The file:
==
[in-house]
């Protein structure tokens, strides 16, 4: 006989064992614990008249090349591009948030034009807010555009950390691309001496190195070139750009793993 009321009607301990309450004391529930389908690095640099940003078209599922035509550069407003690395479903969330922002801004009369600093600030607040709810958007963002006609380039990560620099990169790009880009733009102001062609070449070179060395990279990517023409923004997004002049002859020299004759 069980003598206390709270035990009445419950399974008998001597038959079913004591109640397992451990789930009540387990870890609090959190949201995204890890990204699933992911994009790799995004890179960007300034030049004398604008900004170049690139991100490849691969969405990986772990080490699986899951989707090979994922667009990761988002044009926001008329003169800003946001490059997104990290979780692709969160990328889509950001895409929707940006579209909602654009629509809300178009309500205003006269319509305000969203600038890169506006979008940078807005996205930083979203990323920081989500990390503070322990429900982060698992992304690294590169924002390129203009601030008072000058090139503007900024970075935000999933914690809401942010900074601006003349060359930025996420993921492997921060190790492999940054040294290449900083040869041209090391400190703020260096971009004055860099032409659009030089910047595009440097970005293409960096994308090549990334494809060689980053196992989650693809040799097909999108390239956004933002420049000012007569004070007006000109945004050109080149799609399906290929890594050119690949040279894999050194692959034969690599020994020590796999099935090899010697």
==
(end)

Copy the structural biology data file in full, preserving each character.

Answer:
[in-house]
């Protein structure tokens, strides 16, 4: 006989064992614990008249090349591009948030034009807010555009950390691309001496190195070139750009793993 009321009607301990309450004391529930389908690095640099940003078209599922035509550069407003690395479903969330922002801004009369600093600030607040709810958007963002006609380039990560620099990169790009880009733009102001062609070449070179060395990279990517023409923004997004002049002859020299004759 069980003598206390709270035990009445419950399974008998001597038959079913004591109640397992451990789930009540387990870890609090959190949201995204890890990204699933992911994009790799995004890179960007300034030049004398604008900004170049690139991100490849691969969405990986772990080490699986899951989707090979994922667009990761988002044009926001008329003169800003946001490059997104990290979780692709969160990328889509950001895409929707940006579209909602654009629509809300178009309500205003006269319509305000969203600038890169506006979008940078807005996205930083979203990323920081989500990390503070322990429900982060698992992304690294590169924002390129203009601030008072000058090139503007900024970075935000999933914690809401942010900074601006003349060359930025996420993921492997921060190790492999940054040294290449900083040869041209090391400190703020260096971009004055860099032409659009030089910047595009440097970005293409960096994308090549990334494809060689980053196992989650693809040799097909999108390239956004933002420049000012007569004070007006000109945004050109080149799609399906290929890594050119690949040279894999050194692959034969690599020994020590796999099935090899010697």